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Mendoza v. Electrolux Home Products, Inc.

United States District Court, E.D. California

November 2, 2017

ERIKA MENDOZA and JAMES HUNT, individually and on behalf of all others similarly situated, Plaintiffs,
v.
ELECTROLUX HOME PRODUCTS, INC., Defendant.

          ORDER GRANTING DEFENDANT'S MOTION TO TRANSFER PURSUANT TO 28 U.S.C. § 1404 TO THE MIDDLE DISTRICT OF PENNSYLVANIA (DOC. 4)

          SHEILA K. OBERTO UNITED STATES MAGISTRATE JUDGE

         I. INTRODUCTION

         This is a putative consumer class action alleging that certain over-the-range microwave ovens sold by Defendant Electrolux Home Products, Inc. (“Electrolux”) contain defective stainless steel handles that heat to excessive temperatures when the cooking surface below is in use. (See Doc. 1-1 (“Compl.”).) Plaintiff Erika Mendoza lives in Modesto, California, and alleges she purchased a microwave containing a defective handle at a Direct Appliance store in Modesto. (Compl. ¶ 14.) Plaintiff James Hunt lives in Bakersfield, California, and alleges he purchased a microwave containing a defective handle at a Lowe's store in Bakersfield. (Id. ¶ 18.)

         Electrolux, a Delaware corporation with its headquarters in Charlotte, North Carolina, moves under 28 U.S.C. § 1404(a) (“§ 1404(a)”) to transfer this case to the United States District Court for the Middle District of Pennsylvania. (Doc. 4.) The Court took the matter under submission on the papers pursuant to Local Rule 230(g). (See Doc. 26.) For the following reasons, the Court GRANTS Electrolux's motion and TRANSFERS this case to the Middle District of Pennsylvania.

         II. FACTUAL AND PROCEDURAL BACKGROUND

         A. The Present Action

         On May 19, 2017, Plaintiffs Mendoza and Hunt (collectively “Plaintiffs”) filed suit in California state court alleging claims based upon California's Consumer Legal Remedies Act (“CLRA”), Cal. Civ. Code § 1750 et seq., Unfair Competition Law (“UCL”), Cal. Bus. & Prof. Code § 17200 et seq., and the Song-Beverly Consumer Warranty Act, Civ. Code section 1790 et seq. Plaintiffs allege that Electrolux's over-the-range microwaves are designed for installation on a vertical wall directly above the cooking surface of the range, and as such, are warranted as safe to use while the stovetop is on. (Compl. ¶ 2.) Plaintiffs contend that when the cooking surface below is in operation, however, the microwave's stainless steel handle “heats to excessive temperatures rendering it unfit for use as intended and exposing anyone who touches it to a substantial risk of permanent and/or serious injury.” (Id. ¶ 3.) Plaintiffs seek to represent a class comprised of “[a]ll persons in California who purchased a Microwave with a stainless steel handle since at least February 18, 2011 and continuing to the present.” (Id. ¶ 59.)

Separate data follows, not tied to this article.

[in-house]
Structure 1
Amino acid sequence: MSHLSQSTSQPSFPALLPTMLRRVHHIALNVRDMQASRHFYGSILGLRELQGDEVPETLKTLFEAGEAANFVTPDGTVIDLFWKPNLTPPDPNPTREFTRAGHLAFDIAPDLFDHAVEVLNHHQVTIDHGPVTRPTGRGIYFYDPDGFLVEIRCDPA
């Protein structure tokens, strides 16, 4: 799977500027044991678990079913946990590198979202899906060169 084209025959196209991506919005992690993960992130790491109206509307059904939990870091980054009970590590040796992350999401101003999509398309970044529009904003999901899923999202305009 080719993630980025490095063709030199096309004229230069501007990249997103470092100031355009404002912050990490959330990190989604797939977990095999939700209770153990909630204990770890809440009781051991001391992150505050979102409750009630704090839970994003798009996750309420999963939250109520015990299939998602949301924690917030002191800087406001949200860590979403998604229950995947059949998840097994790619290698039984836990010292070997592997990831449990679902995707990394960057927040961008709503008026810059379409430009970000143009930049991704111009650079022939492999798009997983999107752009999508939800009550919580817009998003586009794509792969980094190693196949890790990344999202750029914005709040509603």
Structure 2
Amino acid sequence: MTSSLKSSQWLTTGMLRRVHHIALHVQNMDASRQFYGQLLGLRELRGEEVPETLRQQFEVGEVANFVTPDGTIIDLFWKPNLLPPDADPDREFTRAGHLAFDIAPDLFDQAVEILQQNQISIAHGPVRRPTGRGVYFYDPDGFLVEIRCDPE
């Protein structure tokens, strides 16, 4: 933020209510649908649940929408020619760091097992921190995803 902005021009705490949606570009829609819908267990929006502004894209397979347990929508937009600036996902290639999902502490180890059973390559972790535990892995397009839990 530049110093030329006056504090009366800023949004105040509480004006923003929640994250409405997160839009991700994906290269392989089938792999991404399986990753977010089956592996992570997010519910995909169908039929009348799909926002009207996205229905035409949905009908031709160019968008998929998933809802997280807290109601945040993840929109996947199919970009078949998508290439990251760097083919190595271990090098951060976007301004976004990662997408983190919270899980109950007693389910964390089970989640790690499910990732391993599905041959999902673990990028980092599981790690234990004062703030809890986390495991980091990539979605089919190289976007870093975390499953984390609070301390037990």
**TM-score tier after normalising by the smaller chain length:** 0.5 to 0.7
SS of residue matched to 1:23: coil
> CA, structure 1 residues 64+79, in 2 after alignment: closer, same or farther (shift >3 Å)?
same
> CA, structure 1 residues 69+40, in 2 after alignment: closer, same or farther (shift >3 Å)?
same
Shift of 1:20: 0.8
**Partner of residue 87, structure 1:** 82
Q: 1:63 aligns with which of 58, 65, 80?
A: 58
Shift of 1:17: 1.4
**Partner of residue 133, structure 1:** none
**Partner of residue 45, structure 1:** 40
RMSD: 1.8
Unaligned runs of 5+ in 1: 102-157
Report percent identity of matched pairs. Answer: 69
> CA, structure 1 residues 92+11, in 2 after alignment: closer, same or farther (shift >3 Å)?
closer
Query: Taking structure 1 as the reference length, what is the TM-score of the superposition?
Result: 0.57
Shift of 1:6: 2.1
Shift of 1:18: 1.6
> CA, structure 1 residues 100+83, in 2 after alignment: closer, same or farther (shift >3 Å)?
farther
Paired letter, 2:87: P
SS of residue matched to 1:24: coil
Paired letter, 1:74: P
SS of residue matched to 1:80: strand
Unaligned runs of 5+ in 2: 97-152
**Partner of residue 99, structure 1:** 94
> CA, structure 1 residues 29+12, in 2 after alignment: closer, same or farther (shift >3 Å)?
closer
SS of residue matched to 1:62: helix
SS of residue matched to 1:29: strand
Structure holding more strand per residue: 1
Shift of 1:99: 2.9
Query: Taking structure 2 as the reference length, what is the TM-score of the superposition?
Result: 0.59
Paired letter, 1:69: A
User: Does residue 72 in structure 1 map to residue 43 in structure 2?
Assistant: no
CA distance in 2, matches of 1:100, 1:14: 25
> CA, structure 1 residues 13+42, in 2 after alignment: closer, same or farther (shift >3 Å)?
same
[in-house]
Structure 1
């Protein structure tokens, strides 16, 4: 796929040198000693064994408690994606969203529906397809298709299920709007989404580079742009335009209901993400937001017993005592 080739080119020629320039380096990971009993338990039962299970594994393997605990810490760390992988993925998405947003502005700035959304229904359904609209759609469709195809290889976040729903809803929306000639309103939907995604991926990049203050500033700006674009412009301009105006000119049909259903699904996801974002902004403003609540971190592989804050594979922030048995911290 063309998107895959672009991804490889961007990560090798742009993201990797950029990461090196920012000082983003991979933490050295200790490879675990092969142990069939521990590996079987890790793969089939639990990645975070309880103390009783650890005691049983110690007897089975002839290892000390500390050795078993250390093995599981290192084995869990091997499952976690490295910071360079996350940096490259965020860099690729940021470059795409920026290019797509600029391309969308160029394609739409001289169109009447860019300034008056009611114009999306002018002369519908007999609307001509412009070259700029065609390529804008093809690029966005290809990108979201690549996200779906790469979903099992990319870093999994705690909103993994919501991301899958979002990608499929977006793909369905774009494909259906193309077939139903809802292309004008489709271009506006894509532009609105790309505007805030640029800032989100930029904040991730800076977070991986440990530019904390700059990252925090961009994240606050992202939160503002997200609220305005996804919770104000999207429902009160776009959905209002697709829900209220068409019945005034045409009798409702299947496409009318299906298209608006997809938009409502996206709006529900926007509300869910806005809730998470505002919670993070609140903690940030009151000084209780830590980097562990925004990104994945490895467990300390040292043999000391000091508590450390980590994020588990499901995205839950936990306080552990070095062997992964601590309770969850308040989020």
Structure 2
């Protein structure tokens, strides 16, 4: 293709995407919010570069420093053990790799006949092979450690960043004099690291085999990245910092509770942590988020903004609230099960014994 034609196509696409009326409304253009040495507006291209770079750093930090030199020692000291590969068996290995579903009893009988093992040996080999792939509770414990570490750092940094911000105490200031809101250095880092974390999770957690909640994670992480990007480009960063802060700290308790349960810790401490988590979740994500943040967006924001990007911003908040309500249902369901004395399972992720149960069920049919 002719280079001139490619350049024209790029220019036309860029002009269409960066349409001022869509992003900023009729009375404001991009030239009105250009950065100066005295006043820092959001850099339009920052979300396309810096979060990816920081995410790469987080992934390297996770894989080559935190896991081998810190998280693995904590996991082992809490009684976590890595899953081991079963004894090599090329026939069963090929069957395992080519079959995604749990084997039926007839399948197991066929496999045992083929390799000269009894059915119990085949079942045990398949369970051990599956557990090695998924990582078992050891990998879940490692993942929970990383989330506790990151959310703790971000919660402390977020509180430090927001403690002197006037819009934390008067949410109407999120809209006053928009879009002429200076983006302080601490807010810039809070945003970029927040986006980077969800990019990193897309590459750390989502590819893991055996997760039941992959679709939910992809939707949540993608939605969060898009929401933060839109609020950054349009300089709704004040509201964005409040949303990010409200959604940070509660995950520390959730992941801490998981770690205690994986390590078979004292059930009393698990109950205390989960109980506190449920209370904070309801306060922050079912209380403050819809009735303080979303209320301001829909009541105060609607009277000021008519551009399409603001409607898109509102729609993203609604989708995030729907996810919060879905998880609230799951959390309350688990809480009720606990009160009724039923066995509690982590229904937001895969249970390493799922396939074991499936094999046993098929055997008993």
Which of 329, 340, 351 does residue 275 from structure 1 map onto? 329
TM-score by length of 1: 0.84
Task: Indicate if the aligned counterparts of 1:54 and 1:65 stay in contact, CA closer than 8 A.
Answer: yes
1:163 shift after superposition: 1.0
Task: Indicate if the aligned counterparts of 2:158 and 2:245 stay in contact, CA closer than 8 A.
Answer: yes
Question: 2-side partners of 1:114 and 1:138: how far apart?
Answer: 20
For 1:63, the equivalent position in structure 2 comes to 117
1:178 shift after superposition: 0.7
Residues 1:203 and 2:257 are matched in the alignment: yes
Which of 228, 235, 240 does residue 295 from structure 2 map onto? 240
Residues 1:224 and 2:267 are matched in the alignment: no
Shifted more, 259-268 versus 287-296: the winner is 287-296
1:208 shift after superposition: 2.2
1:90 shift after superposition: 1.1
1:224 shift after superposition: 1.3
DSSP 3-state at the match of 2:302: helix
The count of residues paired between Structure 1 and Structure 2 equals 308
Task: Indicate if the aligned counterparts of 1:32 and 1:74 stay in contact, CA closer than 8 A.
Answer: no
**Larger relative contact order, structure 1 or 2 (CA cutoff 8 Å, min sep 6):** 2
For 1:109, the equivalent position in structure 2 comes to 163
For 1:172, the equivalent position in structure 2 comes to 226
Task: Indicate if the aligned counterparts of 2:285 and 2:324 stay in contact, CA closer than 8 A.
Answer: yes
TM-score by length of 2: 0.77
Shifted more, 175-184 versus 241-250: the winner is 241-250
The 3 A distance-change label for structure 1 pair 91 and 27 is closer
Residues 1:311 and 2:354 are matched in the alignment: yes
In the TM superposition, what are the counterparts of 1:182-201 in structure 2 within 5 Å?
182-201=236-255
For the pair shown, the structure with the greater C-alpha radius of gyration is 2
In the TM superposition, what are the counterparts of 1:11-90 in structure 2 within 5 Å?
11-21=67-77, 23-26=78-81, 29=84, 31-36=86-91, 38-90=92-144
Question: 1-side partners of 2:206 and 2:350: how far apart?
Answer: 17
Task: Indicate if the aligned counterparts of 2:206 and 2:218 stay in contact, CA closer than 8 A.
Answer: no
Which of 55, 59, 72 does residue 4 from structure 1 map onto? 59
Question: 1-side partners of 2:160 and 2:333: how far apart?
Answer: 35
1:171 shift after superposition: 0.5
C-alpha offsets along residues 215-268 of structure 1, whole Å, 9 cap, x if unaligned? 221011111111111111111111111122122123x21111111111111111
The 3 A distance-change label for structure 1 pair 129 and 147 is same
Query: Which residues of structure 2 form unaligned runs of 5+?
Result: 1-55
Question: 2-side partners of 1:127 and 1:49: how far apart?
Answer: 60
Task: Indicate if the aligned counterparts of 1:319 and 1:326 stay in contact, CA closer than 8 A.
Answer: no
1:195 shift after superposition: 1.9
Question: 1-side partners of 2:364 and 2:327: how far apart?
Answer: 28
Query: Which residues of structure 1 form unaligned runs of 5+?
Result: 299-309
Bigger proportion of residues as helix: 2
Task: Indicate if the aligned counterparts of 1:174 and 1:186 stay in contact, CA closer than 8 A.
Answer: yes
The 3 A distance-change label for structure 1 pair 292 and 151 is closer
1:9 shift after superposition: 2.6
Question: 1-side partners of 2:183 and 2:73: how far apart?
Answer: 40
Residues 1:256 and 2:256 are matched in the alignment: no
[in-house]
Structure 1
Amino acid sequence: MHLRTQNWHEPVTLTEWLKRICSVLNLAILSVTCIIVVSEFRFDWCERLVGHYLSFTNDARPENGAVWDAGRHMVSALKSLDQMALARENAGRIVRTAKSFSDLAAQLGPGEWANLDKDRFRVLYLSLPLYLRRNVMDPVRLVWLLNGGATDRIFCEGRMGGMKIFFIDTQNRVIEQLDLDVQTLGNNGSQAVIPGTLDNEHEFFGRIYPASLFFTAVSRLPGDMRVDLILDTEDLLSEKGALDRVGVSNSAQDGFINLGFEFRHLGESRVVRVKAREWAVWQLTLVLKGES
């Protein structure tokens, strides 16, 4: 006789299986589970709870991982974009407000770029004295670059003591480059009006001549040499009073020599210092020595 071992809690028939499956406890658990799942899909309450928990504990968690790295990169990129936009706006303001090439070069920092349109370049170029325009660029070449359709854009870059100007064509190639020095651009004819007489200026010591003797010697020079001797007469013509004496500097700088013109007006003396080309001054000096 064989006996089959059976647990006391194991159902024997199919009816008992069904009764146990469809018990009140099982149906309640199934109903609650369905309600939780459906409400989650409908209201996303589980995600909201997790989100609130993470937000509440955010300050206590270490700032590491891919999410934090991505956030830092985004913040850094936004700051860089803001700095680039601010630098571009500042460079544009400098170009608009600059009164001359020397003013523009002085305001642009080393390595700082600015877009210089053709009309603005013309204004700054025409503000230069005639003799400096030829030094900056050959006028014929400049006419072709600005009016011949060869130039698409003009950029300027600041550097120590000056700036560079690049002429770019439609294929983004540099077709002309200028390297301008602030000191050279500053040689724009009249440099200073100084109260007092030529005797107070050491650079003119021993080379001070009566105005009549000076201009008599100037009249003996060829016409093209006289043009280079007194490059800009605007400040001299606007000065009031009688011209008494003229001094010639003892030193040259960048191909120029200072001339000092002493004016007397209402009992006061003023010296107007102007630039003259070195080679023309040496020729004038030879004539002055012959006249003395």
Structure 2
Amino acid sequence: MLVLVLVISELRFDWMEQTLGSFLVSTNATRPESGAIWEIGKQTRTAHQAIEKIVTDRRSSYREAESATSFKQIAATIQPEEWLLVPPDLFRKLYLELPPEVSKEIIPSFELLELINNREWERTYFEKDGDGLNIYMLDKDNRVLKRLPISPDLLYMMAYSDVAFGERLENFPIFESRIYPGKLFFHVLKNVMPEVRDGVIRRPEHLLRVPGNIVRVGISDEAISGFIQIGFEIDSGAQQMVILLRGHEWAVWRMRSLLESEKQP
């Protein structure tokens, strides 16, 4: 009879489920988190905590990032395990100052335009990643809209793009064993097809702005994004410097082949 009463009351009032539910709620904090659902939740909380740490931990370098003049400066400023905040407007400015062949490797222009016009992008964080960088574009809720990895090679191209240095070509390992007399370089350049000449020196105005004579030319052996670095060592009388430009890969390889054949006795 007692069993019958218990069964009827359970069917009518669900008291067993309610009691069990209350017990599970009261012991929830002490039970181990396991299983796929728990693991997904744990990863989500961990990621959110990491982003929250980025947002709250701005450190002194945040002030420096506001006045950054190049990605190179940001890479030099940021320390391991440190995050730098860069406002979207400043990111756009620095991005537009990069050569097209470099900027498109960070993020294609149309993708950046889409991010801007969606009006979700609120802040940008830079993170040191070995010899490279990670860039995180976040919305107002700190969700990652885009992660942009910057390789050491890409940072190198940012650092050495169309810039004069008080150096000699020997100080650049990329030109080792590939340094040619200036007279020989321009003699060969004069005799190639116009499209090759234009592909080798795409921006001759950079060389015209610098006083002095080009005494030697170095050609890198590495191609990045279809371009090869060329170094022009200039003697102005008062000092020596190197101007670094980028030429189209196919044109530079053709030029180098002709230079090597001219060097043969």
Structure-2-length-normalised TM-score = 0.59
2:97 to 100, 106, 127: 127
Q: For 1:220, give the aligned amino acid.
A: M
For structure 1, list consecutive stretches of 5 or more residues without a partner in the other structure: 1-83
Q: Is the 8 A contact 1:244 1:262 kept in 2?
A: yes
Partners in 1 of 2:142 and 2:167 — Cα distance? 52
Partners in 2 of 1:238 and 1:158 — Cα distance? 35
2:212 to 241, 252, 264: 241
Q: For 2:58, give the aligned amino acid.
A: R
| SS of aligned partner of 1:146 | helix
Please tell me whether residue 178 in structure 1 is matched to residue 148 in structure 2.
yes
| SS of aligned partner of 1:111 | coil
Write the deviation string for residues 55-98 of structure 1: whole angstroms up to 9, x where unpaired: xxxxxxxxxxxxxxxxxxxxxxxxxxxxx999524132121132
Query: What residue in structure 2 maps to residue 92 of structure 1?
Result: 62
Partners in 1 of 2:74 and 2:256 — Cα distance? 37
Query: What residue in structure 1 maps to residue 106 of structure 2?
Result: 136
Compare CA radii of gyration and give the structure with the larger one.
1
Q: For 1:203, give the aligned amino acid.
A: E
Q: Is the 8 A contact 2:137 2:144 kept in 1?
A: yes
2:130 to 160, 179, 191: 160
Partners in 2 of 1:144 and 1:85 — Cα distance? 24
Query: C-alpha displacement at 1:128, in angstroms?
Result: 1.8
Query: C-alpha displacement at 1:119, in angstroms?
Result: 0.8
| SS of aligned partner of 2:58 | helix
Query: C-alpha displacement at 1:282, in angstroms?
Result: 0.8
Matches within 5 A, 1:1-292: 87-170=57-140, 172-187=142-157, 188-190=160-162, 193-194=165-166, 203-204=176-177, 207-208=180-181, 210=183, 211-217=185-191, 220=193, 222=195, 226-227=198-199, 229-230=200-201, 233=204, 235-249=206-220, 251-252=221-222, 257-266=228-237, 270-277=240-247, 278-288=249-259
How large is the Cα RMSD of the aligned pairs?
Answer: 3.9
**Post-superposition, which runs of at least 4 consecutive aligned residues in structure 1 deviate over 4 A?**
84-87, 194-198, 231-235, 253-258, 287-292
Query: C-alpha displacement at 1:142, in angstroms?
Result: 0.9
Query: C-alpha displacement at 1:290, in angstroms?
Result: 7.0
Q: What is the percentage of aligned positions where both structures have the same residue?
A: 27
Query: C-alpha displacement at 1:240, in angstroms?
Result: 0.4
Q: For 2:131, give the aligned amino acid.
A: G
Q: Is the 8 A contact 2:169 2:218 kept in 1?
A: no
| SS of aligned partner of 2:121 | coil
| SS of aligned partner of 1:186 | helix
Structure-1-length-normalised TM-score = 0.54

On June 22, 2017, Electrolux removed this action pursuant to the Class Action Fairness Act (“CAFA”), which confers federal jurisdiction where (1) there are 100 or more members in plaintiffs proposed class, (2) at least one member of the proposed class has a different citizenship than at least one defendant (i.e., minimal diversity), and (3) the matter in controversy exceeds the aggregate sum of $5, 000, 000. 28 U.S.C. § 1332(d)(2), (5), & (6). Electrolux then moved under § 1404(a) to transfer this action to the United States District Court for Middle District of Pennsylvania, where a consolidated, earlier-filed putative class litigation is pending. (See Doc. 4.)

         Following Electrolux's filing of the motion to transfer, Plaintiffs moved to remand the case on July 24, 2017, arguing, inter alia, that CAFA's amount in controversy requirement had not been met. (See Doc. 13.) On September 20, 2017, the assigned district judge denied Plaintiffs' motion to remand. (Doc. 47.)

         B. The Rice Consolidated Action

         Prior to Plaintiffs' commencement of this suit in California state court, Plaintiffs' counsel filed a consolidated amended class action complaint in federal court in the Middle District of Pennsylvania on March 24, 2017.[1] Rice v. Electrolux Home Products, Inc., Case No. 4:15-cv-00371-MWB (M.D. Pa., filed March 24, 2017) (Brann, J.). There appears to be significant factual overlap between Plaintiffs' allegations and the Rice consolidated action. As both the factual and procedural history of the Rice consolidated action are pertinent to the determination of Electrolux's motion to transfer, the Court briefly summarizes the background of that litigation below.